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  City Hall Library Notes, December 2012

SPOTLIGHT ON: New York City Comptroller

By Christine Bruzzese

Municipal Employee Compensation in New York City

   The Comptroller of New York City is elected every four years by the voters.  The job of this official includes serving as the Chief Financial Officer of the city, monitoring the city’s financial condition, managing the city’s assets and much more. Although the agency was established in 1802, the position of Comptroller became an elected one in 1884.  Edward V. Loss was the first elected Comptroller. This article focuses on some publications of the Comptroller’s office that can be found in the City Hall Library.

   Comprehensive Annual Financial Report of the Comptroller is the annual report of New York City’s finances.  It provides the yearly financial statements and statistics along with the independent auditor’s opinion.  The City Hall Library collection includes reports back to 1830, although the format is different from the one utilized today.

   The Bureau of Audit is responsible for auditing various operations and functions of city agencies including arrangements with outside contracts.  This Bureau also provides Quality Assurance and support to the Comptroller’s Office to ensure that audits and other reports comply with accepted governmental accounting standards.  Many Audit Reports are available in the City Hall Library collection. Among the topics covered are reports on union welfare funds, Department of Parks contracts for concessions, and operations of the county Public Administrators.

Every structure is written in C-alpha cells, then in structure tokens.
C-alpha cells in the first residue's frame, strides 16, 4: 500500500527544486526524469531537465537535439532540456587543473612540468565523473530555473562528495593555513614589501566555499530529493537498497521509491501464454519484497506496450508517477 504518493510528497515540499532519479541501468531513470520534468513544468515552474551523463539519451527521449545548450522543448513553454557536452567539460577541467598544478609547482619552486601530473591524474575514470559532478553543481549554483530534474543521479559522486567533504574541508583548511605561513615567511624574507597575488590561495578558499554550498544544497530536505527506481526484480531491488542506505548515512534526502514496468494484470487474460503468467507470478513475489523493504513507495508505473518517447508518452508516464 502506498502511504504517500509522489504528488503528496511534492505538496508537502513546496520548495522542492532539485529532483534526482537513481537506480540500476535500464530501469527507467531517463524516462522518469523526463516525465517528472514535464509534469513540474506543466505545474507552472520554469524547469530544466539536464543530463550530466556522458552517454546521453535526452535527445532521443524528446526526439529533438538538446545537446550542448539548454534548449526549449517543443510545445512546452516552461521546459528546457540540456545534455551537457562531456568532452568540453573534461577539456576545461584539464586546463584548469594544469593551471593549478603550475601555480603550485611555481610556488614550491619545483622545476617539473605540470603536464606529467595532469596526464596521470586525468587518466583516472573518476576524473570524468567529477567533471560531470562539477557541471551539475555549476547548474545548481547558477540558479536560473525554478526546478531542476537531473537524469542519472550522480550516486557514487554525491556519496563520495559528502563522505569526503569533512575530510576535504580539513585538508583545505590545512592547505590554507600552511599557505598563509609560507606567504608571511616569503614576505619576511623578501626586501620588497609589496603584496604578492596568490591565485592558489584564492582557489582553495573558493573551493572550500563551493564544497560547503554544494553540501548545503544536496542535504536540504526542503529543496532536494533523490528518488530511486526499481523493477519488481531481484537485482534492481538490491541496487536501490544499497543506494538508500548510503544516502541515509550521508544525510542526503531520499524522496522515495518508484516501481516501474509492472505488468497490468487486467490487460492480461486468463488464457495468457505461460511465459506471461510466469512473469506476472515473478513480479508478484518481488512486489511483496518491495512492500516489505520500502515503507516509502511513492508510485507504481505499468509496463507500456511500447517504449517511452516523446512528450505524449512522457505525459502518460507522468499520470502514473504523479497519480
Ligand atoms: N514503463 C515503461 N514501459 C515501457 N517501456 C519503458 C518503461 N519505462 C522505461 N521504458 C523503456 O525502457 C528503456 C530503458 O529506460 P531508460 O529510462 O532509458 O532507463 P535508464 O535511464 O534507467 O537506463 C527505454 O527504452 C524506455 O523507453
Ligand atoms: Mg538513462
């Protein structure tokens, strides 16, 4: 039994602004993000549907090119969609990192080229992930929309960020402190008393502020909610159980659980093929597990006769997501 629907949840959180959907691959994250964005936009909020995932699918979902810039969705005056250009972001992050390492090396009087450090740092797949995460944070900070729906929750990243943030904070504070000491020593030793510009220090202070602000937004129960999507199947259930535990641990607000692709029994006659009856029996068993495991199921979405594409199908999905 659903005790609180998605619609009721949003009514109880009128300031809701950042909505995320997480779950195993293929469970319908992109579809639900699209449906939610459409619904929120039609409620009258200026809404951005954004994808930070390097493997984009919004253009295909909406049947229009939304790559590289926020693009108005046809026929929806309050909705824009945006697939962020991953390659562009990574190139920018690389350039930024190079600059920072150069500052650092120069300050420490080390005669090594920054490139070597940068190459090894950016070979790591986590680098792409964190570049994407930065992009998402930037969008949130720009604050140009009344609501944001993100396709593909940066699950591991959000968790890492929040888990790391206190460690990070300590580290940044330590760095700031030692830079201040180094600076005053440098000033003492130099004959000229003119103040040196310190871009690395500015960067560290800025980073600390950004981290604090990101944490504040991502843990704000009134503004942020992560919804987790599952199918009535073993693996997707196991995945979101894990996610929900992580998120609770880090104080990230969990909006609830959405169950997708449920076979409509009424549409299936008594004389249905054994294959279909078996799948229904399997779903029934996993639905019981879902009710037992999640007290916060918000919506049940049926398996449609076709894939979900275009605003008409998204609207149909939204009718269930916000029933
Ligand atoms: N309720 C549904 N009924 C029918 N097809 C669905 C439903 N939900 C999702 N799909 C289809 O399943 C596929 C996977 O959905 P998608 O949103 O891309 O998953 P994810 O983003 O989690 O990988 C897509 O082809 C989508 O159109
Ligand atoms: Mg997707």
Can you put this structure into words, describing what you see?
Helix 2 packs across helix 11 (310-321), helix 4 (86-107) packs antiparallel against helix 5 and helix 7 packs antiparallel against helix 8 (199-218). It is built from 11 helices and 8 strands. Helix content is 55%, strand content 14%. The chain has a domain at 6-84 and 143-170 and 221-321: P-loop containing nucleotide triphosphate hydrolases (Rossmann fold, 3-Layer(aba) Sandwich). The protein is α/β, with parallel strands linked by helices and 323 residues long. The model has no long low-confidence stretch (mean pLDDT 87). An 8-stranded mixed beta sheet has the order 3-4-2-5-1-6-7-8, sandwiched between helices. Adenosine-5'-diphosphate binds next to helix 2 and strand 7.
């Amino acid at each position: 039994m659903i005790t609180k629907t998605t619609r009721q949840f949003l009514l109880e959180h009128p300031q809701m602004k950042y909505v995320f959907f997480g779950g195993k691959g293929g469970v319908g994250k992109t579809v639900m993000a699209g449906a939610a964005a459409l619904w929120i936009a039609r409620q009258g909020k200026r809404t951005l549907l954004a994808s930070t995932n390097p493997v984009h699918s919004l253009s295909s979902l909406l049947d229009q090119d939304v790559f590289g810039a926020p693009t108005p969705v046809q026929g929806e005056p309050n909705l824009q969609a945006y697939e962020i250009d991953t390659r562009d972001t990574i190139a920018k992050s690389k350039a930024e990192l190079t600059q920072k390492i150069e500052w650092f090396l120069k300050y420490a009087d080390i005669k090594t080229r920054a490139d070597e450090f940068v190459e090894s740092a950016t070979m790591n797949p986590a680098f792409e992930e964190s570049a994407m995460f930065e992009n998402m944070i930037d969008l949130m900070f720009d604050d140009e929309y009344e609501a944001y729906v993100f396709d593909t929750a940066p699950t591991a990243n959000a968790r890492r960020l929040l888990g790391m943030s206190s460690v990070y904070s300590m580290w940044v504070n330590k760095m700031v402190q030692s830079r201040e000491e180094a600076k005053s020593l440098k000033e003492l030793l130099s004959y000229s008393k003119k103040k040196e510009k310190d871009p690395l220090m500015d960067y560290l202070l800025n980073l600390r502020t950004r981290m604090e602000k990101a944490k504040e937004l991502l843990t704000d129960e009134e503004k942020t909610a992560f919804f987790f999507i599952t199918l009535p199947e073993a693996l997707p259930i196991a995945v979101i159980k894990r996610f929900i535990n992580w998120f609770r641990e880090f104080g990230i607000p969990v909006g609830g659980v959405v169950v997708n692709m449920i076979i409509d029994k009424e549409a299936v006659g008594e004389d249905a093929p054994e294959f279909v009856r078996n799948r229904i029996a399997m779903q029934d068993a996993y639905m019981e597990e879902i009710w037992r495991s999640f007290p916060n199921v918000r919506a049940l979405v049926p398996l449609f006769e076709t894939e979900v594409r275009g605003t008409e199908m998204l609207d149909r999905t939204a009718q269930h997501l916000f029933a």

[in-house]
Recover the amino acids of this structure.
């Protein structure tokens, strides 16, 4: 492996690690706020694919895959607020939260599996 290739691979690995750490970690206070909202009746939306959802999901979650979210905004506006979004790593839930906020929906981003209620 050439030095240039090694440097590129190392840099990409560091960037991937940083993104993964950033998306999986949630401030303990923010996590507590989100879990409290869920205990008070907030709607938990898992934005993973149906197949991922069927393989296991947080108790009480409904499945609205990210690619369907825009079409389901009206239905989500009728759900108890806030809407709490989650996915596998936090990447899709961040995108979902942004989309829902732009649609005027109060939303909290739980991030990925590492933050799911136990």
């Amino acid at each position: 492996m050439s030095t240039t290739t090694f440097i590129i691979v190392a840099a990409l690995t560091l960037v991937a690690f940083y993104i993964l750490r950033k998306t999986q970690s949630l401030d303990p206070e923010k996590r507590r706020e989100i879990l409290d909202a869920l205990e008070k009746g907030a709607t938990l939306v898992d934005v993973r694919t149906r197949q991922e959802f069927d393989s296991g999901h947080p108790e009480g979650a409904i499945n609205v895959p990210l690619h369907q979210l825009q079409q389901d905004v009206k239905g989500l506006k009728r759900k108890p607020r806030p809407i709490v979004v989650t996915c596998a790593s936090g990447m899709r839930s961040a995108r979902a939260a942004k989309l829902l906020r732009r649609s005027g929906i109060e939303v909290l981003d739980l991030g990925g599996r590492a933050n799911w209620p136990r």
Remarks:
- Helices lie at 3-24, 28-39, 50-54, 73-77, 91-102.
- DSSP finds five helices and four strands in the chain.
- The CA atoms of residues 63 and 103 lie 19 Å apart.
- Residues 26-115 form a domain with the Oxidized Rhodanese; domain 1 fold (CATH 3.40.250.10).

Joseph D. McGoldrick, Comptroller 1934

Mario Procaccino, Comptroller, 1966-69

Joseph D. McGoldrick, Comptroller 1934

Mario Procaccino, Comptroller, 1966-69

   The Comptroller’s Office also issues reports on fiscal policy and management.  One example is Municipal Employee Compensation in New York City, written by NYC Chief Economist Frank Braconi.  The report explores various issues concerning pay for municipal workers compared to those in the private sector, costs of fringe benefits and pensions, implications for future budgeting and hiring.

   Other publications that might be of interest are the Comptroller’s Comments on the Budget and Financial Plan; Claims Report containing data on legal claims filed against New York City; and the annual State of the City’s Economy and Finances.  Consult vertical files for articles and other clippings on the Comptroller, budget and related topics.  Biographical files contain materials on former City Comptrollers such as Harrison J. Goldin, Elizabeth Holtzman and Joseph D. McGoldrick.

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